Somehow I have a feeling of 2007 of being a reconciliation/turning year. I can not support it with a lot else than that UK would already have become the first canary in the mine as people begin to freeze and industries close. Well Bushies can very well beat me up by attacking Iran next year, but I don't truly belive scenario. They can as well attack SA or Russia or simply kill themselves.

P.S. If USA swithes from NG to electricity for heating then we'll probably need one more electric grid to handle it.

The US government, Wyoming, and BTU are apparently close to building the first large coal gasification plant in Wyoming. THe problem for oil companies, whether looking at coal or nuclear, is the time factor; will oil be cheap or dear ten years out?

Peak oilers are quite sure which is right, but those deciding whether to invest billions lived through, and keenly remember, the various times OPEC messed up, over produced, and prices collapsed. Many in the oil business, and their companies, did not survive these dips, explaining why there are few skilled workers available in the current boom. These experiences teach caution, not boldness.

Oil companies owned all the Wyoming coal companies at one time.  They were going to turn the coal into oil back in the 70's.  The oil companies got out after the prices colapsed in the 80's.  Now all the low strip ratio coal is gone and what the coal companies are mining now takes lots of manpower and equipment to uncover.  With a worldwide shortage of large mining tires, adding incremental tonnage is getting harder to do.
I have heard about this problem before. Could you talk about it some more - i.e. why would such a shortage persist to the point where it affects production, and not just be a temporary issue?

Thanks - just curious.

Right now basically every comodity in the world is at or near it's all time high, everything from copper to coal.  As a result every mining company in the world is running at full capacity.  At full capacity the companies will go through their tires faster, on avervage one tire will last between 5,000-6,000 hours or alomst at full year and cost $25,000 to replace.

Several of the large tire manufacturers are adding capacity but that takes time.  Everything I am reading from the mining publications say that a shortage will persist until at least 2007.  Even though the coal companies in Wyoming are some of the largest in the world and could have some sway with suppliers, they too are limited by the tire manufacturers.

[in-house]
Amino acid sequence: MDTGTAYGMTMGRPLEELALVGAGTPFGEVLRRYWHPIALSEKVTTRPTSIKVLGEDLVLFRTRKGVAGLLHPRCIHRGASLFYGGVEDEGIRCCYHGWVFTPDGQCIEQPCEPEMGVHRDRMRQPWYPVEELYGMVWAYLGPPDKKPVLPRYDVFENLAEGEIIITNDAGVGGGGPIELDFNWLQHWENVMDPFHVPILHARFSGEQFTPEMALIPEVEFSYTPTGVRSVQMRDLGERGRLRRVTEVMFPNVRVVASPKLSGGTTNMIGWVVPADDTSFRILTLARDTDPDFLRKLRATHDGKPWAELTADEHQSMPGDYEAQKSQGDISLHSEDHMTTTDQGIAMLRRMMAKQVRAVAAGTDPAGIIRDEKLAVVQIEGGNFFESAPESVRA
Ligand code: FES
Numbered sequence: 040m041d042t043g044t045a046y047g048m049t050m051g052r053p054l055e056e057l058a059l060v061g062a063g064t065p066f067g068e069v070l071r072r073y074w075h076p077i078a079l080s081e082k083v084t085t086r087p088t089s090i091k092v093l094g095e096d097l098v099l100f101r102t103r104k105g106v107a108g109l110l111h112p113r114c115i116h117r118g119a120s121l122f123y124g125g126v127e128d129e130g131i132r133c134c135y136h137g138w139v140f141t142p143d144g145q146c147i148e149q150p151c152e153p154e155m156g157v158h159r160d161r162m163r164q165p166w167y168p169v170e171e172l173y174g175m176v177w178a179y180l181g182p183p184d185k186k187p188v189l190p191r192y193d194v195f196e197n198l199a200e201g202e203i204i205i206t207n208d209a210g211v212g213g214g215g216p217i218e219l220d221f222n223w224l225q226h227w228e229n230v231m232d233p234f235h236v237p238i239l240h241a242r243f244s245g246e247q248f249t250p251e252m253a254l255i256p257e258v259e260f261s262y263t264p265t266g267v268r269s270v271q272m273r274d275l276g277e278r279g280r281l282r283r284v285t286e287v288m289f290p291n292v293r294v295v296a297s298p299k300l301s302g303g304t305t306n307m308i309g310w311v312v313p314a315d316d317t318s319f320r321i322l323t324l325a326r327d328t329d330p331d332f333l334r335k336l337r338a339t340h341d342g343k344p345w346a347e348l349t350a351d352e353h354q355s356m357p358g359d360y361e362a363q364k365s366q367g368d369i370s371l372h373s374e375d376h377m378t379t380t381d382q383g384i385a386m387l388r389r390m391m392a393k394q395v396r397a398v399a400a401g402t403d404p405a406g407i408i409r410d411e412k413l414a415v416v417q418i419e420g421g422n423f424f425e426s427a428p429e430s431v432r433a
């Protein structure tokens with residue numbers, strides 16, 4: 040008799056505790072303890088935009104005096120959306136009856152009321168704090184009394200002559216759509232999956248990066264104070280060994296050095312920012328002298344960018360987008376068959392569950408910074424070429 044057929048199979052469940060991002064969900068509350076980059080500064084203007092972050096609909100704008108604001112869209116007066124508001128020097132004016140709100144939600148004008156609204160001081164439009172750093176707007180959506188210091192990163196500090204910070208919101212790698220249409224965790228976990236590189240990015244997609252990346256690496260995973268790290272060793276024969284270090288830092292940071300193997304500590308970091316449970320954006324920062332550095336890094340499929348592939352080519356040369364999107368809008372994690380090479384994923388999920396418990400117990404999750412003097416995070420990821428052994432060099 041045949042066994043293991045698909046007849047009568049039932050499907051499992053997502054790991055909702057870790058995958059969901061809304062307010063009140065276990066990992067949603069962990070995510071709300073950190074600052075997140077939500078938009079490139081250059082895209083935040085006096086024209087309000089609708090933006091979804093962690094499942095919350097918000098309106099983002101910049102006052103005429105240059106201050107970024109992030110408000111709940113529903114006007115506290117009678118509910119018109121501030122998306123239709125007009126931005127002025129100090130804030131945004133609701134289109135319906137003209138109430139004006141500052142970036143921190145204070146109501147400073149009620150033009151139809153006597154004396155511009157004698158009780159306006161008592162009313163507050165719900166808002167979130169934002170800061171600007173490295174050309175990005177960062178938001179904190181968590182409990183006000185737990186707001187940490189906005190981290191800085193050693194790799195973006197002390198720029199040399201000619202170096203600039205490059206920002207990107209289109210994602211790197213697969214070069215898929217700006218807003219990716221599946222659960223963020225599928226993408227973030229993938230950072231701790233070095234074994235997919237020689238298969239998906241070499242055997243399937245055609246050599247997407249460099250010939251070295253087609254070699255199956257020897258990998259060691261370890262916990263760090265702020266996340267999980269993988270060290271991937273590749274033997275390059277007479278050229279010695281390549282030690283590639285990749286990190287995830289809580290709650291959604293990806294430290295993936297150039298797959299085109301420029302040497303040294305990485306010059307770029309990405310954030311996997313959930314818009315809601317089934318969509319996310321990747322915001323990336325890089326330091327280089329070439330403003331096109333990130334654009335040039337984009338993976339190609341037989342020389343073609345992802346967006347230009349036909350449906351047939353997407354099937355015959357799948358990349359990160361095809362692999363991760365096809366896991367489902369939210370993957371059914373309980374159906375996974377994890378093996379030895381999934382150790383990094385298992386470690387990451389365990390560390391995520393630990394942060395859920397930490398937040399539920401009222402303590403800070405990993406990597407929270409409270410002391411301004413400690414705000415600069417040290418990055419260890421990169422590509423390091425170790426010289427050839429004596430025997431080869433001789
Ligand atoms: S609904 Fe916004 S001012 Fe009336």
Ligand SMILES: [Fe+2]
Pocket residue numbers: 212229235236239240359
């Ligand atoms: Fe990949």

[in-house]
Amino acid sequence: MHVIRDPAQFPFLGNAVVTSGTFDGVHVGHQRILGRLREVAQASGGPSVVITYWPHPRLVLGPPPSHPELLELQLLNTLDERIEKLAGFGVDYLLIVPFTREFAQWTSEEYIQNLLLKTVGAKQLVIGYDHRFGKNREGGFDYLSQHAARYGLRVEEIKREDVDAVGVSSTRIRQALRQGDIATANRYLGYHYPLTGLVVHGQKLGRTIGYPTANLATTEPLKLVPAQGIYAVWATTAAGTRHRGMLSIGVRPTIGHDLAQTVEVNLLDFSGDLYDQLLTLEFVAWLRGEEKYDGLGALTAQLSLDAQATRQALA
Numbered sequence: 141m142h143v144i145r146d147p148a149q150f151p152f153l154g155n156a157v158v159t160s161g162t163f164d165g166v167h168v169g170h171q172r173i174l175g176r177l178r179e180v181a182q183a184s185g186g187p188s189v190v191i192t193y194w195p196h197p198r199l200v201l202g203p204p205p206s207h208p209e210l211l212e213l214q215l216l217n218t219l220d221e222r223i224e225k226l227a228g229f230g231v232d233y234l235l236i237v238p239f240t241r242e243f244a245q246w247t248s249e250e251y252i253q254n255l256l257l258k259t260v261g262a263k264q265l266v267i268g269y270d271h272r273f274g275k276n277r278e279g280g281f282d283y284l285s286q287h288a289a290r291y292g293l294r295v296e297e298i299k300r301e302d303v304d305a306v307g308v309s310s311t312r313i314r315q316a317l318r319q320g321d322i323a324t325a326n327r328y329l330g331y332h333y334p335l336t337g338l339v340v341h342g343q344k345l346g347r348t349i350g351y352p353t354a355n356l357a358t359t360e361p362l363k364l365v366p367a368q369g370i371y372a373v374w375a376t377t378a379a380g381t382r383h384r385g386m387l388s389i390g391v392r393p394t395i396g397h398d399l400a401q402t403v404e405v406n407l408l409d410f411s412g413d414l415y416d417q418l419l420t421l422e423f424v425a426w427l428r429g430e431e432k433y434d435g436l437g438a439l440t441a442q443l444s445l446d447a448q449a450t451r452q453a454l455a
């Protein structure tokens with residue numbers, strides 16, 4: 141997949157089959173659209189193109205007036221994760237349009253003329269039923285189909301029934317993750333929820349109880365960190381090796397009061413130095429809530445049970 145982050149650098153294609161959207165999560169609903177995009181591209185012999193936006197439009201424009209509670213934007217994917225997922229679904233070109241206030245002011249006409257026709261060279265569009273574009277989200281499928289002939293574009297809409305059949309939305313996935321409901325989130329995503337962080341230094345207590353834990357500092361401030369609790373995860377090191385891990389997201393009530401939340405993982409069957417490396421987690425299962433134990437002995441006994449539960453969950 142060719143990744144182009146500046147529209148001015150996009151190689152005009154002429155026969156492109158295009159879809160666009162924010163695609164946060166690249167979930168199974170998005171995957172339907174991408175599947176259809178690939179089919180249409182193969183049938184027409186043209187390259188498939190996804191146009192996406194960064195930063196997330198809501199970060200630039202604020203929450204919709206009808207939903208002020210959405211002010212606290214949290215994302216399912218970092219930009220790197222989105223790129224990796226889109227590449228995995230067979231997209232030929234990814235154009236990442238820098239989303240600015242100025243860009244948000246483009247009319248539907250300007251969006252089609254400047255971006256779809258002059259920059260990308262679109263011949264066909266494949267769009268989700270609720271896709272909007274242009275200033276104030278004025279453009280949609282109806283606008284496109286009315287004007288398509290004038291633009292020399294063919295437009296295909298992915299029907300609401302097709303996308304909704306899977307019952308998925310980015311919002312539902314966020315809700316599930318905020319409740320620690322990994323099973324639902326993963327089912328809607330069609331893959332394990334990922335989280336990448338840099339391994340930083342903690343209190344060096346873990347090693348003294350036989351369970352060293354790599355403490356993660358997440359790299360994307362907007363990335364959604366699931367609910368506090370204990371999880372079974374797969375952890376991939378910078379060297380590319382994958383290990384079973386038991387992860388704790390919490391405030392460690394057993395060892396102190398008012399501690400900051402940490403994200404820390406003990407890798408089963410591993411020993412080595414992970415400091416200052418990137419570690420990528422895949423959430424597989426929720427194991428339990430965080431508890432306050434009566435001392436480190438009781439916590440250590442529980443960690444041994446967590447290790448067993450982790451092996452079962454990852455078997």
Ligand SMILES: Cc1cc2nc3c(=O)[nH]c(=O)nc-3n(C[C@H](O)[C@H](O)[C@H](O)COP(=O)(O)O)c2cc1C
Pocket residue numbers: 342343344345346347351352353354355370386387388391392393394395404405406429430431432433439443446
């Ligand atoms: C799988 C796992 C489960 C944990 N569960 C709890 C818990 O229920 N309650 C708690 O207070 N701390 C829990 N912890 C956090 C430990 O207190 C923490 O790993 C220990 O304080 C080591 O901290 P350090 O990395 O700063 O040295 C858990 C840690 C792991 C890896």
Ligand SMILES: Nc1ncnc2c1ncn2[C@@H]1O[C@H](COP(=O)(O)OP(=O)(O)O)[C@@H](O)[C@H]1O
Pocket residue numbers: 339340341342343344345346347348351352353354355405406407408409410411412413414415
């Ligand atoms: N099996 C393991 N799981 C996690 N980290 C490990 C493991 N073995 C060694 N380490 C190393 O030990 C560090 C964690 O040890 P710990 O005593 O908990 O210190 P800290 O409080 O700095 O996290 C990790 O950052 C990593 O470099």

While very real these fabrication constraints (tyres, rigs, steel, refineries... ) are just precursors.

Very soon the constraints will switch to raw materials (oil, copper, silver, food, water...) and there is no way out of them.

Ultimately there are too many people requiring too much wealth and goods. Things will hopefully move towards the most efficient and fair use of remaining resoursces, but the 'easy' solution is population dieoff.

They are already raw material constrains. The fabricated products are not keeping up with meet demand usually because some key resource in the supply chain is already strained. Consequently nobody invests in expanding production that depends on unreliable supplies.

A much more possible outcome is a world-wide inflation and poverty. Otherwise, except maybe in nuclear war scenarious the number of "displaced" people per year will not be enough to lower demand with the same pace as we are eroding our production capacity.

If tires wear down their treads, companies can do things like wrap them in belts of woven steel cable ("tire chains") and keep driving.  They may not be as efficient, but they'll go.
Tire chains are only practical on slow moving equipment like front end loaders.  They wear out rapidly on haul trucks and are uneconomic in such applications.
The trucks used in open-pit mines are exactly that kind of slow-moving  equipment, no?
No, not really.  Even though their speeads are realatively low 10-20 mph, that is still too fast for tire chains.  Generally the tire chains are used to reduce tire cuts and the loaders can't be driven much faster that 10 mph or it will damage the chains.  Most of the time loaders are just going back and forth from the working face to a truck, basically the only application where the chains can be used.
If you can't get a new (or retread) 25-foot mining-truck tire, your options may be limited to driving on some sort of chains or parking it.  So driving on your woven cables wears them out; that's what they're for.
Coming in World Watch Magazine: January/February 2006

Table of Contents

Oil: A Bumpy Road Ahead -Kjell Aleklett
Association for the Study of Peak Oil & Gas

Global Oil Production About To Peak? A Recurring Myth -Red Cavaney
American Petroleum Institute

Over The Peak -Christopher Flavin